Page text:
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NY Theater Reviews



The groundbreaking 1990 musical humanizes the troubled souls who try to change history with a gun.

There are two questions worth asking when mounting a production of John Weidman and Stephen Sondheim’s groundbreaking 1990 musical Assassins, a darkly comic panoramic view of the men and women who killed (or try to kill) the president of the United States. Is this the right time to do the show? Is there any right time to do the show?

Cut to New York City Center, July 15, 2017 – nearly six months to the day from when Donald Trump was sworn in as our commander-in-chief – and I can vouch the audience reaction was, at least in one way, far different from the two previous major New York productions (including the Roundabout Theatre’s Tony Award-winning revival in 2004). During the “The Ballad of Booth,” when the balladeer (gorgeously sung by the excellent Clifton Duncan) sang “every now and then, the country goes a little wrong,” there were peals of laughter. When, seconds later, he sang “every now and then, a madman’s bound to come along,” the laughter was much louder and heartier – with the clear implication that while Sondheim was referring to the characters on stage, the madman in many theatergoers’ mind was sitting in the White House.

Still, the true message of the musical comes through loud and clear in Anne Kauffman’s beautifullycast and thoughtfully conceived production. While the leader of this grisly pack, John Wilkes Booth (magnificently rendered by Steven Pasquale) spends his time trying to convince his compatriots that it’s “fun to kill a president,” the authors clearly make their case that killing solves nothing and that the course of history has never been changed by the actions of those who use a gun to make their point.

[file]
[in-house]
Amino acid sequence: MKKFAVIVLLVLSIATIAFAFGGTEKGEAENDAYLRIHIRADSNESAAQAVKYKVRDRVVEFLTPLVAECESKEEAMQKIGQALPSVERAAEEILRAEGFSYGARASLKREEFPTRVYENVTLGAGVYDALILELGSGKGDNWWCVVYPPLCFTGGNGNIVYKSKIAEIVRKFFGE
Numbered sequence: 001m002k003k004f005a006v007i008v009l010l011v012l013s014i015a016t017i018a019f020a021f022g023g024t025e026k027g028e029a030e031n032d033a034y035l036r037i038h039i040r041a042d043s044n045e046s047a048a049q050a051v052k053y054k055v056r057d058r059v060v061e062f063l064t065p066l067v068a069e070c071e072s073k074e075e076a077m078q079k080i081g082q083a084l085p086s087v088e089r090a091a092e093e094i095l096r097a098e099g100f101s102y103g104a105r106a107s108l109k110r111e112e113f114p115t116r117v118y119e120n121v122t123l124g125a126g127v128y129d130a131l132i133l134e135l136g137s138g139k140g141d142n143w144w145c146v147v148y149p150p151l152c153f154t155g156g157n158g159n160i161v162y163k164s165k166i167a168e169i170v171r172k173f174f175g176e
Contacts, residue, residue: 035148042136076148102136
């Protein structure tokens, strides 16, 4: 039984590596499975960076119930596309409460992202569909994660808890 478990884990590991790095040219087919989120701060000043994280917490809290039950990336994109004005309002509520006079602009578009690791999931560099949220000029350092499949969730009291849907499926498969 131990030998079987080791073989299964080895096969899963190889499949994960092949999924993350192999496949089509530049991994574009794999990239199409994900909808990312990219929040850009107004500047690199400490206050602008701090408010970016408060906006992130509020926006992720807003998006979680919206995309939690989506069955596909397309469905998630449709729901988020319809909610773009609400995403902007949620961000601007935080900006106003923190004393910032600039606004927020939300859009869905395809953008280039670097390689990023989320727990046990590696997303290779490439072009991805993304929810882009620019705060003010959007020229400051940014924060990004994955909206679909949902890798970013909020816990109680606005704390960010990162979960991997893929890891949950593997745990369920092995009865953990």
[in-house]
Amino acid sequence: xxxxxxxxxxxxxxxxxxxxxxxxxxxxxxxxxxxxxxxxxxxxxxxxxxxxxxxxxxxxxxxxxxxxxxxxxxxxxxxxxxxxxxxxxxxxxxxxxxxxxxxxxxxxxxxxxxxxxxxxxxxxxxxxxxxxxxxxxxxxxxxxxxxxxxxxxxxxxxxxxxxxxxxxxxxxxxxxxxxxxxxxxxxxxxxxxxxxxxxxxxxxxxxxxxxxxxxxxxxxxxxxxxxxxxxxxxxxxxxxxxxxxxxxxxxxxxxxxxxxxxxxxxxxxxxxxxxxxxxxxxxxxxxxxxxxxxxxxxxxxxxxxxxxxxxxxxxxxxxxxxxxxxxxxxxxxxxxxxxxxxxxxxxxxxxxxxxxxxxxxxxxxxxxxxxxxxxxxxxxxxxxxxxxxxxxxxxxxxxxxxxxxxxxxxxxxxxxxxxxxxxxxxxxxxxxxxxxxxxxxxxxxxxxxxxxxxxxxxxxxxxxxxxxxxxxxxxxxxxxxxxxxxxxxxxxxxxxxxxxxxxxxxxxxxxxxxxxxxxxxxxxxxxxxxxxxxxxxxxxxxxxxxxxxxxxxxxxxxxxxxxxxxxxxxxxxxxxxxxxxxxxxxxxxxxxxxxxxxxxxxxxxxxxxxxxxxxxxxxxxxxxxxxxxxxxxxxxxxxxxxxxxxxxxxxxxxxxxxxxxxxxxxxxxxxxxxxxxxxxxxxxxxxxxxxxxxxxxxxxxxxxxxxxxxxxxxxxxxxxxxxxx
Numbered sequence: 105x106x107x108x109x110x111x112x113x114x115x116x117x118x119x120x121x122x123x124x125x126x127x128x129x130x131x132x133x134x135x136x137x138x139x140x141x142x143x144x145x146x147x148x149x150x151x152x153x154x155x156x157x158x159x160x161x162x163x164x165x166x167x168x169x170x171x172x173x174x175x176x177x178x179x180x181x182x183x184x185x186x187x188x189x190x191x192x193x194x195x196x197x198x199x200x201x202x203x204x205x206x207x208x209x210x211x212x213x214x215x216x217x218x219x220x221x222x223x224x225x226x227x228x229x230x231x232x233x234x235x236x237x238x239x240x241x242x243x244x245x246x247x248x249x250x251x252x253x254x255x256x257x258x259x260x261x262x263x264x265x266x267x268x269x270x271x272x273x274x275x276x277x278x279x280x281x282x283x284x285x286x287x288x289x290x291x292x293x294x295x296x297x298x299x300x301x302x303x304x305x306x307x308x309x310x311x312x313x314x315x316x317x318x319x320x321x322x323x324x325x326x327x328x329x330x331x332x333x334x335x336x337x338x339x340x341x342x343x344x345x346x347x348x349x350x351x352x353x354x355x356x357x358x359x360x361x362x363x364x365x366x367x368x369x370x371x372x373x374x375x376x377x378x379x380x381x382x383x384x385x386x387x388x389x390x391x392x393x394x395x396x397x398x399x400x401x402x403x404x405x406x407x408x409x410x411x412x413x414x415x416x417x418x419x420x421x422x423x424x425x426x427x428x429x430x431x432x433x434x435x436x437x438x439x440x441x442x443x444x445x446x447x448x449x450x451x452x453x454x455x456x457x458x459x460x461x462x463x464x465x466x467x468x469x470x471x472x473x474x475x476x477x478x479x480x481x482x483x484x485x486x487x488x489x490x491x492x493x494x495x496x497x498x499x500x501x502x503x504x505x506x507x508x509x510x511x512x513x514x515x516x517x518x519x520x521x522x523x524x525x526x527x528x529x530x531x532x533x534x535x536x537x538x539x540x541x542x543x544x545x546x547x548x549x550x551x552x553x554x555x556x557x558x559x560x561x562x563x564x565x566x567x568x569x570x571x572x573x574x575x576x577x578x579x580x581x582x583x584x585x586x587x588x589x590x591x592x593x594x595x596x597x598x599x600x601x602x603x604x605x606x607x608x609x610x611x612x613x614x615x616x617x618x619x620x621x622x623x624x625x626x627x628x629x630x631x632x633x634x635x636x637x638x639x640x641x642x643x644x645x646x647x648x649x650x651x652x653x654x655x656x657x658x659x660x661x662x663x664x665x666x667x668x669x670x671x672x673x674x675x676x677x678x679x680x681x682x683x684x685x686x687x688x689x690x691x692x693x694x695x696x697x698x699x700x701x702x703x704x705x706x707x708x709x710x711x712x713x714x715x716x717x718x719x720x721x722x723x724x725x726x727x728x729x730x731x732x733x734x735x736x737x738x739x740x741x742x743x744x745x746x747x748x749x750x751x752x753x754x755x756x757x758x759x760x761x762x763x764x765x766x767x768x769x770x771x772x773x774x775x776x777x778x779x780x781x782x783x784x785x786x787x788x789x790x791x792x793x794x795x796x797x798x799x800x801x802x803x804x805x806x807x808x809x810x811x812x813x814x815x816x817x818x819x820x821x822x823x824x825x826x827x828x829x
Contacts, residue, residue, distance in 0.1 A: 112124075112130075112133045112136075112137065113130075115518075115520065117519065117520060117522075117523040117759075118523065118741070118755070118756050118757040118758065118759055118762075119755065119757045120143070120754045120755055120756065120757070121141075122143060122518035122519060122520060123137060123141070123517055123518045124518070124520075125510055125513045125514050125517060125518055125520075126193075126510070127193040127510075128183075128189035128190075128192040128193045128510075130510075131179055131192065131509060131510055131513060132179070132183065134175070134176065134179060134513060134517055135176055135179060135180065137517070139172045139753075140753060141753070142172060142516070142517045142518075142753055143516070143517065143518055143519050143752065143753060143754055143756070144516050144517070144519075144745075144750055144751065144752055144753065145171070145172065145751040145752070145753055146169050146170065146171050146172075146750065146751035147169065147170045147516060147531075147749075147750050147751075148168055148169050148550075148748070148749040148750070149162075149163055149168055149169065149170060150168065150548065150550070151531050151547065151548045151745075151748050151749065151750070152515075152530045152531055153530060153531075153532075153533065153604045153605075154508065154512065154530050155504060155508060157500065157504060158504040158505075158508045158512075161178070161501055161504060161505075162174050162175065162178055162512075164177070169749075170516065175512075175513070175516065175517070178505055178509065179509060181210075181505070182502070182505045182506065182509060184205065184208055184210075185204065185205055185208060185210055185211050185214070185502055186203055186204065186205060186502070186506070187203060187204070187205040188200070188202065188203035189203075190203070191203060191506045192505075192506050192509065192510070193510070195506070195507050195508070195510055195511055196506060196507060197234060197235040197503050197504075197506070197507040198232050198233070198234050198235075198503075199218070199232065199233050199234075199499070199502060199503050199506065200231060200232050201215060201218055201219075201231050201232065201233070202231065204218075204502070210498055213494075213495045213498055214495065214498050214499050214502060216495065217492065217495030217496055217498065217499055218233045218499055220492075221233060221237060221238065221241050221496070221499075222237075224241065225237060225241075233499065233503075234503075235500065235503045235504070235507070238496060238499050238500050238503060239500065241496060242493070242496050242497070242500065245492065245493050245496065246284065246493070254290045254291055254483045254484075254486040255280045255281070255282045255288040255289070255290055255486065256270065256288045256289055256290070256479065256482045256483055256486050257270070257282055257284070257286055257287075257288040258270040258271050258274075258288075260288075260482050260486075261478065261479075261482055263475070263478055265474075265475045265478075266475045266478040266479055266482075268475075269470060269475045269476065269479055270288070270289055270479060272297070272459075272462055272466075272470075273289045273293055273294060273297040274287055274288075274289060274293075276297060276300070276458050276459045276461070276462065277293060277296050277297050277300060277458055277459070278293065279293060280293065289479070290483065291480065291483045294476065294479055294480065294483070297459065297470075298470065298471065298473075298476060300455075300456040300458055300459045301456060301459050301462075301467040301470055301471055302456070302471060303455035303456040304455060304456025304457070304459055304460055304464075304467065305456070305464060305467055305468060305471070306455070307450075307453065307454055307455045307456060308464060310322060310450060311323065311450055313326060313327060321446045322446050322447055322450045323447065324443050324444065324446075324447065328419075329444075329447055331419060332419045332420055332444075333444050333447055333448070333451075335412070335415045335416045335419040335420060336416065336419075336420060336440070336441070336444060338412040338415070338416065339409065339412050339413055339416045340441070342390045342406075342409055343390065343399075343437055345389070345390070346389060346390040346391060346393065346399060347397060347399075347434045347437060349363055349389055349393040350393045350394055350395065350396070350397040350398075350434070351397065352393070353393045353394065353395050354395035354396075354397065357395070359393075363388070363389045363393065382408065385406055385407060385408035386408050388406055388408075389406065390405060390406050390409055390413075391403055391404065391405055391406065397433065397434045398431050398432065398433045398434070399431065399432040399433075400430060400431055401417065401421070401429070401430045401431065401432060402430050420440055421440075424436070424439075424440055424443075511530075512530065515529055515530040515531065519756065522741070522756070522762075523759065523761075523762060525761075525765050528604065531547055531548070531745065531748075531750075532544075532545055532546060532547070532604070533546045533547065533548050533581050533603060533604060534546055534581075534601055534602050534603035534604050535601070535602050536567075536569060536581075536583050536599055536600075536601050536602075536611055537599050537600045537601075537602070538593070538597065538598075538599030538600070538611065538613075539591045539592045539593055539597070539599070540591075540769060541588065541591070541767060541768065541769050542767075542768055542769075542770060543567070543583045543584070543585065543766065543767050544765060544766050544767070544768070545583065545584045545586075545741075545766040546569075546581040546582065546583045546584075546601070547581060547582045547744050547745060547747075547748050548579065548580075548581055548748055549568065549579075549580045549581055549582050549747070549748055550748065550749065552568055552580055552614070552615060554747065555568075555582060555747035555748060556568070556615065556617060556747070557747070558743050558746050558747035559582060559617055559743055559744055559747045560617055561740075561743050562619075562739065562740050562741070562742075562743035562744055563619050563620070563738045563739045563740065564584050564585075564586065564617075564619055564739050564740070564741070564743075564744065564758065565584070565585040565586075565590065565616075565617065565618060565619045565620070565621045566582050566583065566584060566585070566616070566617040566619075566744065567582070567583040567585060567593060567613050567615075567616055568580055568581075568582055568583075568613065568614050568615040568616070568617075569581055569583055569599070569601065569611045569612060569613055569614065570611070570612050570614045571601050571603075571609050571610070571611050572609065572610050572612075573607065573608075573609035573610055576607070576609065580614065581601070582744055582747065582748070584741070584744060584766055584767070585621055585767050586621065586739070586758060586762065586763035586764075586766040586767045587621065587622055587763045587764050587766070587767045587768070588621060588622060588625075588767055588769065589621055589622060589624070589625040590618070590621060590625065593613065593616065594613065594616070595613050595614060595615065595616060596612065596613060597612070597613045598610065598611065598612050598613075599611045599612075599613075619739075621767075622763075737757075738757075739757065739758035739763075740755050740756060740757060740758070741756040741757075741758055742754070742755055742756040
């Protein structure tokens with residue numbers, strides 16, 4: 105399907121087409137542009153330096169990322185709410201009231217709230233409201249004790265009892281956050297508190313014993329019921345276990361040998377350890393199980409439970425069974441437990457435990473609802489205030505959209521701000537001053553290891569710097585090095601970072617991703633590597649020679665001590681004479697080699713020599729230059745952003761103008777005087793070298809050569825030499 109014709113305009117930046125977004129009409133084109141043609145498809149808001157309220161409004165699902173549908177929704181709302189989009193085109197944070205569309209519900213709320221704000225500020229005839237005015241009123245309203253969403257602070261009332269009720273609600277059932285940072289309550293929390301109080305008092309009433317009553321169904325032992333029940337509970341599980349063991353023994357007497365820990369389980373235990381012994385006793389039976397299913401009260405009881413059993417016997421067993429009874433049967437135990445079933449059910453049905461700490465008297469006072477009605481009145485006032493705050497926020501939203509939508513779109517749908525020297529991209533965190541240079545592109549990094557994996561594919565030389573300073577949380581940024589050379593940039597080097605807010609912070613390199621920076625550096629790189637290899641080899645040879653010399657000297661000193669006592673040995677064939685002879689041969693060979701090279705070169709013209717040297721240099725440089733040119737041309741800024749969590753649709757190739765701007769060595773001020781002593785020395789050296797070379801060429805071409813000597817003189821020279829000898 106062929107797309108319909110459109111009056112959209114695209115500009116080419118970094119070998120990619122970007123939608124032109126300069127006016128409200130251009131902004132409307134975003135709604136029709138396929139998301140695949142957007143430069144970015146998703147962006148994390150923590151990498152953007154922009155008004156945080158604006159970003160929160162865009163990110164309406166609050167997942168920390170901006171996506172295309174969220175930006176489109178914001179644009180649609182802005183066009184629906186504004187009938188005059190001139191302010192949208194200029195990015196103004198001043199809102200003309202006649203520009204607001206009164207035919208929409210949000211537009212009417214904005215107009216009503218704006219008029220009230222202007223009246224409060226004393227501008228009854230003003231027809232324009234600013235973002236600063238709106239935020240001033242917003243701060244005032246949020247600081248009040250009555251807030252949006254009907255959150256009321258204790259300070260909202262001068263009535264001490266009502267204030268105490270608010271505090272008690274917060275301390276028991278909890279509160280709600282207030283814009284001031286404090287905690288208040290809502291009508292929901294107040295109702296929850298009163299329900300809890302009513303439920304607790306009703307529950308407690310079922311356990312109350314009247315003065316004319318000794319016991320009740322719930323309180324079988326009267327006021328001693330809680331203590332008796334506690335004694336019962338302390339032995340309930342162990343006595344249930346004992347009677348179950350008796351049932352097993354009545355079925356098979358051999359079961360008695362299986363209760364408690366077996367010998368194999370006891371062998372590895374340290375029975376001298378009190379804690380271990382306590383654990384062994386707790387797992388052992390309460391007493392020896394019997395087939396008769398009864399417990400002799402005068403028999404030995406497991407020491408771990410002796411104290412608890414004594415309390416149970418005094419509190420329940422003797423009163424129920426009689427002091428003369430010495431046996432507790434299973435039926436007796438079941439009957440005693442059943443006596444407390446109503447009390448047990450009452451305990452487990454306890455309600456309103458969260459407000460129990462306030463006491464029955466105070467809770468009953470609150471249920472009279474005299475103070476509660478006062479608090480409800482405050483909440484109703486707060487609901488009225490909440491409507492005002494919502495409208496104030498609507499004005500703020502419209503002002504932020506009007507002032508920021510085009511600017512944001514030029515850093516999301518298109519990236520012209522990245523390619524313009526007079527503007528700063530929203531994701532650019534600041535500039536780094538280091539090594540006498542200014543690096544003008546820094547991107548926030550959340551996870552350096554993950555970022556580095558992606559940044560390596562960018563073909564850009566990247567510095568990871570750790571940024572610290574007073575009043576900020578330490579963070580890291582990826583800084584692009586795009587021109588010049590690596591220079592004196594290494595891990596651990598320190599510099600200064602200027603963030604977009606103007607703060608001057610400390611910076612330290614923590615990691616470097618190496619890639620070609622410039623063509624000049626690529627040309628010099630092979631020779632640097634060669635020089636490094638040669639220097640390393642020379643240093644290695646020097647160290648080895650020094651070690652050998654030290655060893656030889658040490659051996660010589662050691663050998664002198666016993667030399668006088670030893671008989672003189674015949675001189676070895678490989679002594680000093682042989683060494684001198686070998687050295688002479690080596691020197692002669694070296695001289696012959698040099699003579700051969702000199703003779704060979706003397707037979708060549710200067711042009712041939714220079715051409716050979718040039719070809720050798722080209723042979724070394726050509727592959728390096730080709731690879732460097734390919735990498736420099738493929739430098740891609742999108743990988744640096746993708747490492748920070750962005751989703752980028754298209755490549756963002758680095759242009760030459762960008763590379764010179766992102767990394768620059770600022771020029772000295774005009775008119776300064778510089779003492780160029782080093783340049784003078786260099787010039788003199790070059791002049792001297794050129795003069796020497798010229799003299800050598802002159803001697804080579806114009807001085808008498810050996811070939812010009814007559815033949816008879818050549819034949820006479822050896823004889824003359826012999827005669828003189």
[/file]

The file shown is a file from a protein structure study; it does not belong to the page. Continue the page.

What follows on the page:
Far from a simple morality play, Assassins is one of musical theater’s most complex works, as it humanizes (to some degree) these troubled souls, from John Booth, who seemingly sees himself as Brutus, to Abraham Lincoln’s Julius Caesar, to the unhappy immigrants Leon Cosglosz (a superbly downtrodden Shuler Hensley) – in love with the fiery Emma Goldman (very well played by Pearl Sun) – and Guiseppe Zangara (a stunningly angry Alex Brightman) to the mentally unstable, bombastic Charles Guiteau (a dynamic John Ellison Conlee), lovesick John Hinckley (the bathetic and pathetic Stephen Boyer), and, eventually, troubled Lee Harvey Oswald (movingly portrayed by Cory Michael Smith), who, here, has no intention of killing JFK until talked into it by Booth and company.

Moreover, for all its darkness, Weidman and Sondheim provide genuine opportunities for light and laughter, often to a strangely copious degree. These arrive mostly in the exchanges between Gerald Ford’s two would-be killers: hippie-dippie Manson follower Lynette “Squeaky” Fromme (a marvelous Erin Markey) and bored, scattered housewife Sara Jane Moore (a barely recognizable Victoria Clark, who practically walks off with the show with her priceless deliveries.)

Amusement also appears to be the main raison d'être for including the lesser-known Samuel Byck (an eerily convincing Danny Wolohan), who intended to crash a 747 into Richard Nixon’s White House in 1974, and whom we spend time with during two rather extended monologues – one involving a long-taped missive to Leonard Bernstein.

Intriguingly as well, the authors’ view of the American people proves to be a double-sided coin. In “How I Saved Roosevelt,” we listen to a few self-involved people taking credit (most likely without any merit) for preventing FDR’s death, while in the stunningly beautiful “Something Just Broke,” there’s real pain in the voices of those who have just learned of JFK’s passing.

So yes, the time is now (many of us, no matter who we voted for, would be shocked and saddened by the assassination of President Trump), and the time is always for Assassins, especially when it’s done with this much conviction!